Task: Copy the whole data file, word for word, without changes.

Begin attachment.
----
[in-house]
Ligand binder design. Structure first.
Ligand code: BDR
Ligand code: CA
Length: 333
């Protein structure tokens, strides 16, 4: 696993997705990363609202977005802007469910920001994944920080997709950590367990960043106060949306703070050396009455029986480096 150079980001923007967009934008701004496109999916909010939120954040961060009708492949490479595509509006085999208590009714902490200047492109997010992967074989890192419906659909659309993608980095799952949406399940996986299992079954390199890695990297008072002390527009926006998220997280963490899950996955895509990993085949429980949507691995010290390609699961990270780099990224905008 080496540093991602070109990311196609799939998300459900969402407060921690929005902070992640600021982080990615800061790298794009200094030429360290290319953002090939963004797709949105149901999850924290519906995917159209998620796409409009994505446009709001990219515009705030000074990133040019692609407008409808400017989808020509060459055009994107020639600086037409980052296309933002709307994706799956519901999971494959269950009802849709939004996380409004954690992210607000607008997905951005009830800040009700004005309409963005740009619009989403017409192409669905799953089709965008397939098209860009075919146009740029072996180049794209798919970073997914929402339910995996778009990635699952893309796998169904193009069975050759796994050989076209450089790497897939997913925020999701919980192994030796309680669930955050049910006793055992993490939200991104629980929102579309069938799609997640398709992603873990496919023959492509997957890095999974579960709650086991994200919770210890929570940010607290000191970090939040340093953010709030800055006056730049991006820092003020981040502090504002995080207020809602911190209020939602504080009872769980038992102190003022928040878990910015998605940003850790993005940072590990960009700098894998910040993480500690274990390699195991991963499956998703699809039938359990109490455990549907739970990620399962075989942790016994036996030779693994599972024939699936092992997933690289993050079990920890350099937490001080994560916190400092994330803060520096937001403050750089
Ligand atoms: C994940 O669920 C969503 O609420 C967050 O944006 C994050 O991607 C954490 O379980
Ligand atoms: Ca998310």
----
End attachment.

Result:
[in-house]
Ligand binder design. Structure first.
Ligand code: BDR
Ligand code: CA
Length: 333
């Protein structure tokens, strides 16, 4: 696993997705990363609202977005802007469910920001994944920080997709950590367990960043106060949306703070050396009455029986480096 150079980001923007967009934008701004496109999916909010939120954040961060009708492949490479595509509006085999208590009714902490200047492109997010992967074989890192419906659909659309993608980095799952949406399940996986299992079954390199890695990297008072002390527009926006998220997280963490899950996955895509990993085949429980949507691995010290390609699961990270780099990224905008 080496540093991602070109990311196609799939998300459900969402407060921690929005902070992640600021982080990615800061790298794009200094030429360290290319953002090939963004797709949105149901999850924290519906995917159209998620796409409009994505446009709001990219515009705030000074990133040019692609407008409808400017989808020509060459055009994107020639600086037409980052296309933002709307994706799956519901999971494959269950009802849709939004996380409004954690992210607000607008997905951005009830800040009700004005309409963005740009619009989403017409192409669905799953089709965008397939098209860009075919146009740029072996180049794209798919970073997914929402339910995996778009990635699952893309796998169904193009069975050759796994050989076209450089790497897939997913925020999701919980192994030796309680669930955050049910006793055992993490939200991104629980929102579309069938799609997640398709992603873990496919023959492509997957890095999974579960709650086991994200919770210890929570940010607290000191970090939040340093953010709030800055006056730049991006820092003020981040502090504002995080207020809602911190209020939602504080009872769980038992102190003022928040878990910015998605940003850790993005940072590990960009700098894998910040993480500690274990390699195991991963499956998703699809039938359990109490455990549907739970990620399962075989942790016994036996030779693994599972024939699936092992997933690289993050079990920890350099937490001080994560916190400092994330803060520096937001403050750089
Ligand atoms: C994940 O669920 C969503 O609420 C967050 O944006 C994050 O991607 C954490 O379980
Ligand atoms: Ca998310």